2696.5.
 (a)In any case in which the department seeks to validate an offender as a security threat group affiliate, the department shall provide an offender due process. An offender shall be afforded, at a minimum, the following procedural protections:

(1)

(a) Timely, written, and effective notice that security threat group validation is being considered, and the facts upon which that consideration is based.

(2)

(b) Decisionmaking by a dedicated and specially trained classification committee.

(3)

(c) A hearing at which the offender may be heard in person and, absent an individualized determination of good cause, has a reasonable opportunity to present available witnesses and information.

(4)

(d) An interpreter, if necessary, for the offender to understand or participate in the proceedings.

(5)An advocate

(e) A staff assistant to assist with the offender’s investigation.

(6)

(f) An independent determination by the committee of the reliability and credibility of confidential informants. Information supplied by an informant shall only be considered by the committee if there is a finding, based on additional evidence, that the informant has personal and actual knowledge of the information he or she has provided.

(7)

(g) A written statement in plain language setting forth the specific evidence relied upon, and the reasons for, validation.

(b)(1)Commencing January 1, 2016, the Office of the Inspector General shall, prior to placement of an offender in a Security Housing Unit, review every security threat group validation and revalidation completed on or after July 1, 2015, in which confidential information was used, to determine whether the minimum level of due process was provided to the validated offender and that the validation was supported by the evidence. If the Office of Inspector General concludes that the security threat group validation was not supported by the evidence or that the offender was not provided the minimum level of due process, the Office of Inspector General shall notify the Institution Classification Committee of its determination. If the Institution Classification Committee disagrees with the Inspector General’s determination, the Inspector General shall elevate its concerns through the chain of supervision within the department as necessary to resolve the dispute, up to and including the Secretary of the Department of Corrections and Rehabilitation. An offender’s placement in a Security Housing Unit shall be delayed until the dispute is resolved. The dispute process shall be concluded within 30 days.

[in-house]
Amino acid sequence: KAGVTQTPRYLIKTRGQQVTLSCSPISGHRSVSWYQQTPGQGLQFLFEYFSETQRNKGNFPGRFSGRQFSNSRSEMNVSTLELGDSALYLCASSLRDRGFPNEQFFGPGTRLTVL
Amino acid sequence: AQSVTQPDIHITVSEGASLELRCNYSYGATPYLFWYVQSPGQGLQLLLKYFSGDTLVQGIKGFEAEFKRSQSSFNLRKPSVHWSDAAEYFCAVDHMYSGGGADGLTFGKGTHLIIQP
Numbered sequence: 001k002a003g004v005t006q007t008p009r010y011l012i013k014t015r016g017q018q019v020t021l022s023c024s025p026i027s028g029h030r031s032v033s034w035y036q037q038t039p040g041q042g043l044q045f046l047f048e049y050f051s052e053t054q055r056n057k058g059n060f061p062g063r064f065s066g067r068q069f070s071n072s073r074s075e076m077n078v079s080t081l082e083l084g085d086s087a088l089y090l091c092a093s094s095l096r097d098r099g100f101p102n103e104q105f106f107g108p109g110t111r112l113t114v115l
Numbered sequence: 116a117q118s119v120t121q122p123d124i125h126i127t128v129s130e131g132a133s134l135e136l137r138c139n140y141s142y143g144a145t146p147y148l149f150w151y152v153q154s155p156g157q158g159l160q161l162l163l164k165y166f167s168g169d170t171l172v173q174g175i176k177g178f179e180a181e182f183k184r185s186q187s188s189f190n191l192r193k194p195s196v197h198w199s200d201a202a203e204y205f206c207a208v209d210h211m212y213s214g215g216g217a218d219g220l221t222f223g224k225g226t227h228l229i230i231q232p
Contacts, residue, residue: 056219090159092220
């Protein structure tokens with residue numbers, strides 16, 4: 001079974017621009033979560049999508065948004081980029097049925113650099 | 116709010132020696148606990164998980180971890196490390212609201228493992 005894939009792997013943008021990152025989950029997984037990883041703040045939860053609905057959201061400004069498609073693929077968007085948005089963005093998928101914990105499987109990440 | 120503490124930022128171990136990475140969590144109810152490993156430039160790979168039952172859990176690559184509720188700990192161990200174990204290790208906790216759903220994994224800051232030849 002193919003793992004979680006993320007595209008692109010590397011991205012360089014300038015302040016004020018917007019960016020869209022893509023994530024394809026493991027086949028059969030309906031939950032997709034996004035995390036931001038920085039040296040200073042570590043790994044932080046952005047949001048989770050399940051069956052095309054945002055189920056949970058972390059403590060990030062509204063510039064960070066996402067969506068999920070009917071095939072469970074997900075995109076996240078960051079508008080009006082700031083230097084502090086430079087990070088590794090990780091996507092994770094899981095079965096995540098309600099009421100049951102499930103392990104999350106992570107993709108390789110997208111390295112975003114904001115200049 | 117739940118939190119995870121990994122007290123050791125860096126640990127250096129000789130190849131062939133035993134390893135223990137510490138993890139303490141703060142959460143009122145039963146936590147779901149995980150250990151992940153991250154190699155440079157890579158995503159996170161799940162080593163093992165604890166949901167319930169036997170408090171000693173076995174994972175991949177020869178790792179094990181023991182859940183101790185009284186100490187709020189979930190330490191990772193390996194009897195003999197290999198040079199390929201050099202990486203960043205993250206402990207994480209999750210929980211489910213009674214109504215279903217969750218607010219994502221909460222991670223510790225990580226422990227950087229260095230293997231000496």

(2)The duties established in paragraph (1) shall also include the review of each decision to deny an offender progress in, or to regress an offender in, a the Step Down Program, if that decision involved confidential information.

2697.
 (a) Commencing on January 1, 2015, an offender placed in the Security Housing Unit as a result of a security threat group validation, shall be placed in the Step Down Program. Offenders who were placed in the Security Housing Unit prior to January 1, 2015, shall be placed in the Step Down Program by the department’s designated review board no later than July December 1, 2016. The Step Down Program is a multistep program designed to provide programming with the ultimate goal of returning the offender to the general prison population. The goal of the Step Down Program shall be to return prisoners to the general population as rapidly as possible, consistent with the safety and security of institutions of the department and shall not consist of more than five steps. department. It shall operate on the presumption that every prisoner who enters the Step Down Program can complete it in a timely manner.

(b)Within 30 days of an offender being placed into the Step Down Program, and by July 1, 2015, for all offenders who began serving an indeterminate Security Housing Unit term prior to January 1, 2015, the department shall develop an individualized plan for the offender. The plan shall include, but not be limited to, an assessment of the offender’s needs, an individualized strategy to provide the offender with programming to address those needs, and a statement of the expectations for the offender to progress through the Step Down Program. The department shall provide the plan to the offender and explain it so that the offender can understand his or her responsibilities under the plan. A copy of the plan shall be placed in the offender’s central file.